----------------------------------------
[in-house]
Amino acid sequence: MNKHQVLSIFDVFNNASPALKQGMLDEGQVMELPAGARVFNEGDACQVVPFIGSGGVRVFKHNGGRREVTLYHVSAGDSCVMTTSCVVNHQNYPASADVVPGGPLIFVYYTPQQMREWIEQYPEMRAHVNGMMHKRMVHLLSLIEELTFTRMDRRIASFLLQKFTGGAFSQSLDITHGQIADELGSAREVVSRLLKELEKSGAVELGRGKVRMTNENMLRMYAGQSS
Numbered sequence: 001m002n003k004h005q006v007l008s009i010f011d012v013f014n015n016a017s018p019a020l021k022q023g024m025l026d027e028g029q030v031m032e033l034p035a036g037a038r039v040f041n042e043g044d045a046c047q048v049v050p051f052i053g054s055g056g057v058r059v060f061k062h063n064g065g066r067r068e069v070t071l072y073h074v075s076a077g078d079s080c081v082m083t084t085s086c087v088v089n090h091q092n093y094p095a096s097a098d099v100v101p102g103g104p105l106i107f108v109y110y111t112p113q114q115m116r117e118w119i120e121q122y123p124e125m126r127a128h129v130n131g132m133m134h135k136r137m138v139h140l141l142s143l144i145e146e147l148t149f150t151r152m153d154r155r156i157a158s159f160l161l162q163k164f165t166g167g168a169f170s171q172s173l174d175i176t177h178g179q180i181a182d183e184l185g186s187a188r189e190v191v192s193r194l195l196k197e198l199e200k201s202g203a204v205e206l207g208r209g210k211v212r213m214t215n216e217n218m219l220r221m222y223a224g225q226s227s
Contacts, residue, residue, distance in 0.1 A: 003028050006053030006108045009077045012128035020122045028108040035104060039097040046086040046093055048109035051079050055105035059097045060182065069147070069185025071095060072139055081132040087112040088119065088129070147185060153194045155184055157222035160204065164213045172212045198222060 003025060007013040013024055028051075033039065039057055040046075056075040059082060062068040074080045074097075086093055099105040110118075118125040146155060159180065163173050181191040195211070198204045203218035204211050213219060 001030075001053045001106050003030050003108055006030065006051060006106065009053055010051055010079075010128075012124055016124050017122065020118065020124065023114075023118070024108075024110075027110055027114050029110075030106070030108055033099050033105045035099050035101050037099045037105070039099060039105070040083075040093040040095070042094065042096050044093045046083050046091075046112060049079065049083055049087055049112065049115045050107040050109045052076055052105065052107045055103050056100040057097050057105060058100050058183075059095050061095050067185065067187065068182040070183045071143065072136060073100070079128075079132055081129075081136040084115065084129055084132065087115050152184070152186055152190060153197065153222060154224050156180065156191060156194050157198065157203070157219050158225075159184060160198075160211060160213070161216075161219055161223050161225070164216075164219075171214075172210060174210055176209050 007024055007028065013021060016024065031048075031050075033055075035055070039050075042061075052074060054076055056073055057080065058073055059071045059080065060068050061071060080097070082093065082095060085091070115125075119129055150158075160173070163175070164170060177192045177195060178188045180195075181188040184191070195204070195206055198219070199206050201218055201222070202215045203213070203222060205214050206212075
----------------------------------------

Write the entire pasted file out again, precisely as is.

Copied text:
[in-house]
Amino acid sequence: MNKHQVLSIFDVFNNASPALKQGMLDEGQVMELPAGARVFNEGDACQVVPFIGSGGVRVFKHNGGRREVTLYHVSAGDSCVMTTSCVVNHQNYPASADVVPGGPLIFVYYTPQQMREWIEQYPEMRAHVNGMMHKRMVHLLSLIEELTFTRMDRRIASFLLQKFTGGAFSQSLDITHGQIADELGSAREVVSRLLKELEKSGAVELGRGKVRMTNENMLRMYAGQSS
Numbered sequence: 001m002n003k004h005q006v007l008s009i010f011d012v013f014n015n016a017s018p019a020l021k022q023g024m025l026d027e028g029q030v031m032e033l034p035a036g037a038r039v040f041n042e043g044d045a046c047q048v049v050p051f052i053g054s055g056g057v058r059v060f061k062h063n064g065g066r067r068e069v070t071l072y073h074v075s076a077g078d079s080c081v082m083t084t085s086c087v088v089n090h091q092n093y094p095a096s097a098d099v100v101p102g103g104p105l106i107f108v109y110y111t112p113q114q115m116r117e118w119i120e121q122y123p124e125m126r127a128h129v130n131g132m133m134h135k136r137m138v139h140l141l142s143l144i145e146e147l148t149f150t151r152m153d154r155r156i157a158s159f160l161l162q163k164f165t166g167g168a169f170s171q172s173l174d175i176t177h178g179q180i181a182d183e184l185g186s187a188r189e190v191v192s193r194l195l196k197e198l199e200k201s202g203a204v205e206l207g208r209g210k211v212r213m214t215n216e217n218m219l220r221m222y223a224g225q226s227s
Contacts, residue, residue, distance in 0.1 A: 003028050006053030006108045009077045012128035020122045028108040035104060039097040046086040046093055048109035051079050055105035059097045060182065069147070069185025071095060072139055081132040087112040088119065088129070147185060153194045155184055157222035160204065164213045172212045198222060 003025060007013040013024055028051075033039065039057055040046075056075040059082060062068040074080045074097075086093055099105040110118075118125040146155060159180065163173050181191040195211070198204045203218035204211050213219060 001030075001053045001106050003030050003108055006030065006051060006106065009053055010051055010079075010128075012124055016124050017122065020118065020124065023114075023118070024108075024110075027110055027114050029110075030106070030108055033099050033105045035099050035101050037099045037105070039099060039105070040083075040093040040095070042094065042096050044093045046083050046091075046112060049079065049083055049087055049112065049115045050107040050109045052076055052105065052107045055103050056100040057097050057105060058100050058183075059095050061095050067185065067187065068182040070183045071143065072136060073100070079128075079132055081129075081136040084115065084129055084132065087115050152184070152186055152190060153197065153222060154224050156180065156191060156194050157198065157203070157219050158225075159184060160198075160211060160213070161216075161219055161223050161225070164216075164219075171214075172210060174210055176209050 007024055007028065013021060016024065031048075031050075033055075035055070039050075042061075052074060054076055056073055057080065058073055059071045059080065060068050061071060080097070082093065082095060085091070115125075119129055150158075160173070163175070164170060177192045177195060178188045180195075181188040184191070195204070195206055198219070199206050201218055201222070202215045203213070203222060205214050206212075